You know him as a prominent Rochester DWI lawyer but in 1990 the Soviets thought he was a spy

[anvplayer video=”5128363″ station=”998131″]

ROCHESTER, N.Y. (WHEC) — A lot of you know or recognize Ed Fiandach. He’s one of the most prominent DWI lawyers in Rochester. Now, he is sharing a story none of us have ever heard before.

It’s about him getting arrested in Soviet Russia, suspected of being an American spy.

Fiandach says he used to tell this story as a joke. But then he watched the case of American basketball player Brittney Griner, sentenced to nine years in a Russian prison for having an amount of drugs that might not even get her a ticket in New York.

And all of a sudden that joke became a serious story.

In 1990, Ed Fiandach was with his late wife touring the Soviet Union just before it broke up. Fiandach says he was showering in their dingy Moscow hotel.

“My late wife knocks on the door and said the police are here for you,” Fiandach said. “And I said what do they want? And she said ‘they want you.'”

Fiandach says he was handcuffed and driven around Moscow for almost an hour before he was put into a windowless room in a rundown building.

“I’m still in handcuffs and they start questioning me.”

Fiandach thought he was in trouble for trading packs of Marlboro cigarettes for pins of Vladimir Lenin. But then came the question that changed everything.

“After about an hour or an hour and a half, something like that, one of them said to me, he goes, ‘what is your interest in the Soviet space program?'” Fiandach said.
Fiandach — who is a history and space buff — says at the hotel bar the night before his arrest, he struck up a conversation with a soviet space engineer.

Now, in handcuffs, he suddenly realized the Russians thought he was a spy. And the only lawyer he had access to was himself.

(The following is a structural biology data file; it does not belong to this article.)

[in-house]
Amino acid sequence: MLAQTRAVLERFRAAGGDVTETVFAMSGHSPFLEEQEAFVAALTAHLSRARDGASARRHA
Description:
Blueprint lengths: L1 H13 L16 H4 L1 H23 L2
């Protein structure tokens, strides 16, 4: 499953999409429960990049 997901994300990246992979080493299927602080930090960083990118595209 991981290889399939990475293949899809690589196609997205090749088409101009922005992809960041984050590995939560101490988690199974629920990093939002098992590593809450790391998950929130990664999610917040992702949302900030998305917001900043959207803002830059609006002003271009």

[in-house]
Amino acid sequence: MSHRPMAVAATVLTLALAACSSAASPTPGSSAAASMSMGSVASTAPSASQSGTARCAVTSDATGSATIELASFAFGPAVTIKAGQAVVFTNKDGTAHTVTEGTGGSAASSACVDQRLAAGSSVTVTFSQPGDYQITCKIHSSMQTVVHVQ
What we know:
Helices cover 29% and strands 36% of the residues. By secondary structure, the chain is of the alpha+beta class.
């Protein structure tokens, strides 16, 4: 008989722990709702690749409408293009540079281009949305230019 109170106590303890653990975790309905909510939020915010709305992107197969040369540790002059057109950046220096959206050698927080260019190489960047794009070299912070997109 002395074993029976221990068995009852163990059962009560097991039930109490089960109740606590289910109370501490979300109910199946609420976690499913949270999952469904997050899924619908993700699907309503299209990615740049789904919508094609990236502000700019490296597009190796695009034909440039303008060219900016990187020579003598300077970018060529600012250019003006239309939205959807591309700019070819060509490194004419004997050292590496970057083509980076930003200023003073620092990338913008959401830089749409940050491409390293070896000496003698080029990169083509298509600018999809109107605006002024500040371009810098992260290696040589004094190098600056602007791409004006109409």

“I remember one of the first things that crossed my mind is I’m never going to see my wife again. I didn’t kiss her goodbye when I left the hotel.”

Fiandach recalls getting on his knees to pray when his interrogators left the room.

Brean: “You used to tell this story as a joke.”

Fiandach: “I did.”

Brean: “And you don’t now.”

Fiandach: “No.”

Brean: You’re dead serious about it now. Why?

Fiandach: “Seeing Ms. Griner situation, I’m saying to myself how horrible this really could have been. The emotion that really comes to the top for me is what has to be an unbelievable feeling of helplessness that there’s nothing she can do, there’s nothing anybody can do. You’re just being driven by events and being shunted down a pathway, if you will, with no control over your life and events, it’s got to be a terrifying experience.”

Fiandach says his interrogation lasted more than four hours.

He says he was finally able to convince them that he was friendly American lawyer with a keen interest in space going back to sputnik.

Fiandach says they kept the handcuffs on, drove him back to the hotel and in a thick Russian accent simply told him to “go.”